Google Play is fighting an uphill battle against Android adware

Enlarge (credit: SophosLabs)
Google’s official Play marketplace is waging an uphill battle against Android apps that display an unending stream of popup ads even when users try to force them to stop, researchers said Friday.
The researchers, from UK…

Enlarge (credit: SophosLabs)

Google's official Play marketplace is waging an uphill battle against Android apps that display an unending stream of popup ads even when users try to force them to stop, researchers said Friday.

The researchers, from UK-based SophosLabs, said they have found a total of 47 apps in the past week that collectively have racked up as many as 6 million downloads. They all use a third-party library that bombards users with ads that continue to display even after users force-close the app or scrub memory. In a blog post, SophosLabs said Google has removed some of the privately reported apps while allowing others to remain.

The MarsDae library that's spawning the popup torrent supports Android versions 2.3 through 6, as well as Samsung, Huawei, Mizu, Mi, and Nexus devices. One app that incorporates MarsDae, SophosLabs said, is Snap Pic Collage Color Splash, which remained available on Google servers as this post was being prepared. Snap Pic has been downloaded from 50,000 to 100,000 times. Once installed, it displays ads on the Android home screen. Even after a user uses the Android settings to force close the app, the ads resume a few seconds later.

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Covert downloaders found preinstalled on dozens of low-cost Android phone models

Dozens of low-cost Android phone models come preinstalled with apps that covertly download and install adware and other unwanted programs, researchers said.
At least 26 phone models come preinstalled with a downloader dubbed Android.DownLoader.4…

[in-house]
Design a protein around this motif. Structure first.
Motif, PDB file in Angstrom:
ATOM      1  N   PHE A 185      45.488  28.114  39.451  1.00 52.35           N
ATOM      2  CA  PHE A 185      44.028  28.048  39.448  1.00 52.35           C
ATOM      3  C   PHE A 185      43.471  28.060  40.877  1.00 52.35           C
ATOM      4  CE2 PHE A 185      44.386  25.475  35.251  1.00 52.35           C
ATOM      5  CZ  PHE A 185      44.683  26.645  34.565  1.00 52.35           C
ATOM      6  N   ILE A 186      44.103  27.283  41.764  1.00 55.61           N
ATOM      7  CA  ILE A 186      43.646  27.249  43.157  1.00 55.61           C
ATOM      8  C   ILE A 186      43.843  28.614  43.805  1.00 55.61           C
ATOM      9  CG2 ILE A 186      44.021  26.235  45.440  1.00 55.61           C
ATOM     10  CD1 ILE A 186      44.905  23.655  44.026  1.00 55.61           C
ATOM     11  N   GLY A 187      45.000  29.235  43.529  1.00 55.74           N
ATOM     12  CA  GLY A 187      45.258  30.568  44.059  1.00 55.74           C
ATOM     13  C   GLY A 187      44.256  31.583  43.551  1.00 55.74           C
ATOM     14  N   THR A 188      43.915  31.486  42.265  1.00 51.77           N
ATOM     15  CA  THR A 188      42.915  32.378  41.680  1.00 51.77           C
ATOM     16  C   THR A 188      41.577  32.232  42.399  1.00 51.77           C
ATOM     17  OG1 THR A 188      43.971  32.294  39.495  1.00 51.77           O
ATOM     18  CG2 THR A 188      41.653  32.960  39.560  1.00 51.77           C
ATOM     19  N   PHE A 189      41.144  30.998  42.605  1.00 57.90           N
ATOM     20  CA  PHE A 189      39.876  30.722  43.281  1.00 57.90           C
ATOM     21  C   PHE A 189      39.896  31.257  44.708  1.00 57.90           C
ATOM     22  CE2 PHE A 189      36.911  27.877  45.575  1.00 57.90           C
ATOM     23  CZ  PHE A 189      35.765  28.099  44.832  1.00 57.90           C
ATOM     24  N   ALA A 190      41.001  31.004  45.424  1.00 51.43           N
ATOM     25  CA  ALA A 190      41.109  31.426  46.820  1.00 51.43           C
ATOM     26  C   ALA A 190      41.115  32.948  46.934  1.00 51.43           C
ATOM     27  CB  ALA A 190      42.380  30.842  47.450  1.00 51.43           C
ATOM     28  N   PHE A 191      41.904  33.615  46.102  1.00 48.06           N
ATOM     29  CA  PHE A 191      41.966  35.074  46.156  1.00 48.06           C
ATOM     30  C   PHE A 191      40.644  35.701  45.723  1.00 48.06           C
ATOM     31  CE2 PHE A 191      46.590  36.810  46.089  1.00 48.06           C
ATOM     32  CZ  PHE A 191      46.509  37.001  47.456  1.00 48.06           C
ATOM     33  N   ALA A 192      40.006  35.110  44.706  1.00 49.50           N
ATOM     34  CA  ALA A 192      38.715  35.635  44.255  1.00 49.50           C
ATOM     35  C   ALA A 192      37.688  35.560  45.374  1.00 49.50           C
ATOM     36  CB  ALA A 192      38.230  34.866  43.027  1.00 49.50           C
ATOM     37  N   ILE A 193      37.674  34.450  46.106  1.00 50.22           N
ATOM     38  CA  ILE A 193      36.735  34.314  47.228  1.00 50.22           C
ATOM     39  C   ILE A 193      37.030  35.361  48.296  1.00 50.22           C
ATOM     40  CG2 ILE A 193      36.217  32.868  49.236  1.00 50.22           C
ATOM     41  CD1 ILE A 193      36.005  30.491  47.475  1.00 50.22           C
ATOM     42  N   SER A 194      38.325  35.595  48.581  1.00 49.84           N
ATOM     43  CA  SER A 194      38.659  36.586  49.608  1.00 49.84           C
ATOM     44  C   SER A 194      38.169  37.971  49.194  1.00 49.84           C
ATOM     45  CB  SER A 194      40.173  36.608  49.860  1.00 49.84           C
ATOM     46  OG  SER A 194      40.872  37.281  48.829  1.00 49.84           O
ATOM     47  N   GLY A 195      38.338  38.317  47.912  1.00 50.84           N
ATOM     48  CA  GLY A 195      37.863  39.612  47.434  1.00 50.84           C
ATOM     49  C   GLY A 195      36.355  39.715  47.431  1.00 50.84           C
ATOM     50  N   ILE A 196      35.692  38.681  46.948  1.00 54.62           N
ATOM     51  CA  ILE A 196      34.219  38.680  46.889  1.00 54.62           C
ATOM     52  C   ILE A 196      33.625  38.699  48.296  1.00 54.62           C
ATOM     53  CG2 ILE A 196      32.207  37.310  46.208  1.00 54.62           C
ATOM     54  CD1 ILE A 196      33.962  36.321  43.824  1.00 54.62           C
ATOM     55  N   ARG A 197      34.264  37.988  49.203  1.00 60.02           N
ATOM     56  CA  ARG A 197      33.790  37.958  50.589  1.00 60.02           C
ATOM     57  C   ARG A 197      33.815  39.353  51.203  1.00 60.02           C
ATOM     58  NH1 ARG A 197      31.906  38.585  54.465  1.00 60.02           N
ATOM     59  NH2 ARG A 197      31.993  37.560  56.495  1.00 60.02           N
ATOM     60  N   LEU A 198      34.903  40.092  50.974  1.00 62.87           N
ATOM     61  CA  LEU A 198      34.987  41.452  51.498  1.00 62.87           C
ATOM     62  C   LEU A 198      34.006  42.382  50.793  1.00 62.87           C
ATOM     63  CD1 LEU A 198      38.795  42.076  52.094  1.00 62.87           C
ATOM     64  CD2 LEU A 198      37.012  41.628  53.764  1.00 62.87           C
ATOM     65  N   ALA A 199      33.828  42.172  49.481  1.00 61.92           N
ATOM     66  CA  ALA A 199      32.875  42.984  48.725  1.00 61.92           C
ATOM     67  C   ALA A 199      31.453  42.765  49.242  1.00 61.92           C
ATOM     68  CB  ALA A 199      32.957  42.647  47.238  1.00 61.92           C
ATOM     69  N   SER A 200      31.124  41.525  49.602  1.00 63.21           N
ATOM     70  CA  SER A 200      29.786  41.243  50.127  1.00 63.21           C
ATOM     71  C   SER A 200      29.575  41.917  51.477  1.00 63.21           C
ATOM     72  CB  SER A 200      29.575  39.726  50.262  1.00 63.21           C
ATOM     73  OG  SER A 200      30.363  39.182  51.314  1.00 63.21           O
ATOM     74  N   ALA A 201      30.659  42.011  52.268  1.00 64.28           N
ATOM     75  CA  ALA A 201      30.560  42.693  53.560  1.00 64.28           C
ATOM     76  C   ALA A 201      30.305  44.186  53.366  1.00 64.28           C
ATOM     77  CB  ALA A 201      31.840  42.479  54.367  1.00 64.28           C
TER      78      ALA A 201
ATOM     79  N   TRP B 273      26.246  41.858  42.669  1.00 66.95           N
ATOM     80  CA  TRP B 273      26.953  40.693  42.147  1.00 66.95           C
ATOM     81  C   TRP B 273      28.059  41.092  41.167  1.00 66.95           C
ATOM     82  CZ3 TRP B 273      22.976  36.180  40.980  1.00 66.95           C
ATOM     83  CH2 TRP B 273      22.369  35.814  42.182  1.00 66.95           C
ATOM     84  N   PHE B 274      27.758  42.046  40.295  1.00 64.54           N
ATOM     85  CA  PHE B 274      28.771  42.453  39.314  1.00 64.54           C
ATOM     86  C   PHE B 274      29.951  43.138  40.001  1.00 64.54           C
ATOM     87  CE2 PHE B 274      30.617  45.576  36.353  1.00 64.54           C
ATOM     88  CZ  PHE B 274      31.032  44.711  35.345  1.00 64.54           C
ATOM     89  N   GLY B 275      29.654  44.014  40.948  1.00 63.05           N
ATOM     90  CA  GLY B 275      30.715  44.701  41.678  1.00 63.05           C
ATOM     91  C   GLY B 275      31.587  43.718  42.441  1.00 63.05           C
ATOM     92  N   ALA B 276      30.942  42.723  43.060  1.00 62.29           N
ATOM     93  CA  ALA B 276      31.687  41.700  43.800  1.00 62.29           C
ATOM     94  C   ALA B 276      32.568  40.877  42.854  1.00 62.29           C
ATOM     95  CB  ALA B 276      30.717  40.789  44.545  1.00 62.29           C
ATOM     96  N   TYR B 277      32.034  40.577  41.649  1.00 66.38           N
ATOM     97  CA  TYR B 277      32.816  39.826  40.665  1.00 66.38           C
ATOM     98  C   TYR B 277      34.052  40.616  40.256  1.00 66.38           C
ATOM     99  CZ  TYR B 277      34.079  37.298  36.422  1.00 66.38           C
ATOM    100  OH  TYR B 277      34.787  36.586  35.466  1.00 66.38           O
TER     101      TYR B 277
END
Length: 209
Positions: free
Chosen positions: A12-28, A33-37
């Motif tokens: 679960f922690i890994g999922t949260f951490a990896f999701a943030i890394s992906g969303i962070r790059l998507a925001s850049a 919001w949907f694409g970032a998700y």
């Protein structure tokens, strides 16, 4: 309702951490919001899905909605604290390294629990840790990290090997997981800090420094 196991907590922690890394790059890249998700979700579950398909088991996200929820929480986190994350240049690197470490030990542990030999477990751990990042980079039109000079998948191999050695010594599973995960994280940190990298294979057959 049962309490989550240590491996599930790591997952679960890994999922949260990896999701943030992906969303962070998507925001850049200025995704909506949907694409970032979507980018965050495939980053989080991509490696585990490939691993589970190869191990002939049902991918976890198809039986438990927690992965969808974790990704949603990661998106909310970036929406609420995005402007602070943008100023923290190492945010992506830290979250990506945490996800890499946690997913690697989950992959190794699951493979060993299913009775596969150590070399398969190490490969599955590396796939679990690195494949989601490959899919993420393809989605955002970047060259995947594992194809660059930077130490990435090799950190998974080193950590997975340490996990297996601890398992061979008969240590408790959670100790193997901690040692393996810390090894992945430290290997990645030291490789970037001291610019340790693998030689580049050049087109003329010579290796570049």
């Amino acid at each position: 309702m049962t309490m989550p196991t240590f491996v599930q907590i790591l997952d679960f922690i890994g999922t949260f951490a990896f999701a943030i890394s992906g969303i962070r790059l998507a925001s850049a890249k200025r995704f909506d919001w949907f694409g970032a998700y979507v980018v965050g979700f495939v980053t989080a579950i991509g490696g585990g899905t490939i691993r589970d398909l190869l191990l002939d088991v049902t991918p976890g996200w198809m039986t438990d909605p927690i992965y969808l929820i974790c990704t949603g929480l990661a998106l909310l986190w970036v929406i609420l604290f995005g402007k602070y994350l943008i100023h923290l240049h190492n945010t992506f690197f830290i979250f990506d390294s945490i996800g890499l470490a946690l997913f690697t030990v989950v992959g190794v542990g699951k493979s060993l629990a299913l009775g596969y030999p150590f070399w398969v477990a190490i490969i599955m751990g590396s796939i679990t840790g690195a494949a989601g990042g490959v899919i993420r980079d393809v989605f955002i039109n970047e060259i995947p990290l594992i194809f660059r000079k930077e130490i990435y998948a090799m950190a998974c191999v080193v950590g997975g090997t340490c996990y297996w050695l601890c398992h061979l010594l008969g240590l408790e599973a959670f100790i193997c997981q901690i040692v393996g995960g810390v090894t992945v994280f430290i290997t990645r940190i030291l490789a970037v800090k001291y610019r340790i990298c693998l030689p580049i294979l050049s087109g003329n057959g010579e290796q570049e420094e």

Dozens of low-cost Android phone models come preinstalled with apps that covertly download and install adware and other unwanted programs, researchers said.

At least 26 phone models come preinstalled with a downloader dubbed Android.DownLoader.473.origin, according to a blog post published Monday by antivirus provider Doctor Web. Doctor Web researchers described the app as a downloader trojan that can download not only benign applications but also malicious and unwanted ones. One such app, known as H5GameCenter, displays ads on top of running applications. The image can't be removed, and infected users report that when they uninstall the app, Android.DownLoader.473.origin quickly downloads and installs it again.

Another preinstalled downloader Doctor Web detected is known as Android.Sprovider.7 and comes encrypted inside another app. It has the ability to automatically download Android application files and install them when users click on a confirmation button, make phone calls to certain numbers, and show ads on top of apps.

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After hiatus, in-the-wild Mac backdoors are suddenly back

Three new pieces of Mac-targeting malware access webcams, passwords, and more.

After taking a hiatus, Mac malware is suddenly back, with three newly discovered strains that have access to Web cameras, password keychains, and pretty much every other resource on an infected machine.

The first one, dubbed Eleanor by researchers at antivirus provider Bitdefender, is hidden inside EasyDoc Converter, a malicious app that is, or at least was, available on a software download site called MacUpdate. When double clicked, EasyDoc silently installs a backdoor that provides remote access to a Mac's file system and webcam, making it possible for attackers to download files, install new apps, and watch users who are in front of an infected machine. Eleanor communicates with control servers over the Tor anonymity service to prevent them from being taken down or being used to identify the attackers.

"This type of malware is particularly dangerous as it's hard to detect and offers the attacker full control of the compromised system," Tiberius Axinte, technical leader of the Bitdefender Antimalware Lab, said in a blog post published Wednesday. "For instance, someone can lock you out of your laptop, threaten to blackmail you to restore your private files or transform your laptop into a botnet to attack other devices."

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Popularity of Apple devices prompts surge of new threats

Apple users can no longer be complacent about security, as the number of infections and new threats rises.

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Apple users can no longer be complacent about security, as the number of infections and new threats rises.

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